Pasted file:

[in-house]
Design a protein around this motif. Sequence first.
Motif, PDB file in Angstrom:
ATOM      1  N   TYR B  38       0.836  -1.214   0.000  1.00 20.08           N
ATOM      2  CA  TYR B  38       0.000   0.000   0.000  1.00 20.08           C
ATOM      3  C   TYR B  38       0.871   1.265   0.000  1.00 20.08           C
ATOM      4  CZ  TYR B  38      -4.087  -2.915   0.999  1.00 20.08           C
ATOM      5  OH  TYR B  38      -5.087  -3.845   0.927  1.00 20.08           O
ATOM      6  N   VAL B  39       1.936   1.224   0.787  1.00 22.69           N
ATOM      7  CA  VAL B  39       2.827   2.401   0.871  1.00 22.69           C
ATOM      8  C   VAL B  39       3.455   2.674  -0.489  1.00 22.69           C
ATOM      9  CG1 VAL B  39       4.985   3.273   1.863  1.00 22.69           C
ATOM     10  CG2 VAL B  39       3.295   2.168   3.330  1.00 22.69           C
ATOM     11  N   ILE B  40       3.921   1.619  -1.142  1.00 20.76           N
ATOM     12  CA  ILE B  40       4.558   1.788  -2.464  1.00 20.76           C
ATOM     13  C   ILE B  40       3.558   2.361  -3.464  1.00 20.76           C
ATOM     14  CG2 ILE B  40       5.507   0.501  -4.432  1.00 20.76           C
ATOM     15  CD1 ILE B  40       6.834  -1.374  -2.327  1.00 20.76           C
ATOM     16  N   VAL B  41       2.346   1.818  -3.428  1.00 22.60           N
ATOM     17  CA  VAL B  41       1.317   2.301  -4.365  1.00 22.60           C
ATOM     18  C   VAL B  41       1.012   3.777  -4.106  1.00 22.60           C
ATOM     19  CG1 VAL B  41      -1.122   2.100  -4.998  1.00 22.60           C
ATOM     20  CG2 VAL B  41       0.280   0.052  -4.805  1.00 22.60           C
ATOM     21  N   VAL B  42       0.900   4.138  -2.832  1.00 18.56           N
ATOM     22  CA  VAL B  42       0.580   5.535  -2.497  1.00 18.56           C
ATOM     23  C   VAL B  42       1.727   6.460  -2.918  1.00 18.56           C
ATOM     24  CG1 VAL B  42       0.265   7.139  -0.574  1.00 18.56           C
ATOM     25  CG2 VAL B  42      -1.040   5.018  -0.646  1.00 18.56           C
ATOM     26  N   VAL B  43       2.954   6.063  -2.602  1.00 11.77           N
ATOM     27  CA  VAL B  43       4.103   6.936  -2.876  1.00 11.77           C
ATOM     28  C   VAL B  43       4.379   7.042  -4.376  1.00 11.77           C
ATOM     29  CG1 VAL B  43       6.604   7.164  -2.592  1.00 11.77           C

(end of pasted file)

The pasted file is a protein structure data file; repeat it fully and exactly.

[in-house]
Design a protein around this motif. Sequence first.
Motif, PDB file in Angstrom:
ATOM      1  N   TYR B  38       0.836  -1.214   0.000  1.00 20.08           N
ATOM      2  CA  TYR B  38       0.000   0.000   0.000  1.00 20.08           C
ATOM      3  C   TYR B  38       0.871   1.265   0.000  1.00 20.08           C
ATOM      4  CZ  TYR B  38      -4.087  -2.915   0.999  1.00 20.08           C
ATOM      5  OH  TYR B  38      -5.087  -3.845   0.927  1.00 20.08           O
ATOM      6  N   VAL B  39       1.936   1.224   0.787  1.00 22.69           N
ATOM      7  CA  VAL B  39       2.827   2.401   0.871  1.00 22.69           C
ATOM      8  C   VAL B  39       3.455   2.674  -0.489  1.00 22.69           C
ATOM      9  CG1 VAL B  39       4.985   3.273   1.863  1.00 22.69           C
ATOM     10  CG2 VAL B  39       3.295   2.168   3.330  1.00 22.69           C
ATOM     11  N   ILE B  40       3.921   1.619  -1.142  1.00 20.76           N
ATOM     12  CA  ILE B  40       4.558   1.788  -2.464  1.00 20.76           C
ATOM     13  C   ILE B  40       3.558   2.361  -3.464  1.00 20.76           C
ATOM     14  CG2 ILE B  40       5.507   0.501  -4.432  1.00 20.76           C
ATOM     15  CD1 ILE B  40       6.834  -1.374  -2.327  1.00 20.76           C
ATOM     16  N   VAL B  41       2.346   1.818  -3.428  1.00 22.60           N
ATOM     17  CA  VAL B  41       1.317   2.301  -4.365  1.00 22.60           C
ATOM     18  C   VAL B  41       1.012   3.777  -4.106  1.00 22.60           C
ATOM     19  CG1 VAL B  41      -1.122   2.100  -4.998  1.00 22.60           C
ATOM     20  CG2 VAL B  41       0.280   0.052  -4.805  1.00 22.60           C
ATOM     21  N   VAL B  42       0.900   4.138  -2.832  1.00 18.56           N
ATOM     22  CA  VAL B  42       0.580   5.535  -2.497  1.00 18.56           C
ATOM     23  C   VAL B  42       1.727   6.460  -2.918  1.00 18.56           C
ATOM     24  CG1 VAL B  42       0.265   7.139  -0.574  1.00 18.56           C
ATOM     25  CG2 VAL B  42      -1.040   5.018  -0.646  1.00 18.56           C
ATOM     26  N   VAL B  43       2.954   6.063  -2.602  1.00 11.77           N
ATOM     27  CA  VAL B  43       4.103   6.936  -2.876  1.00 11.77           C
ATOM     28  C   VAL B  43       4.379   7.042  -4.376  1.00 11.77           C
ATOM     29  CG1 VAL B  43       6.604   7.164  -2.592  1.00 11.77           C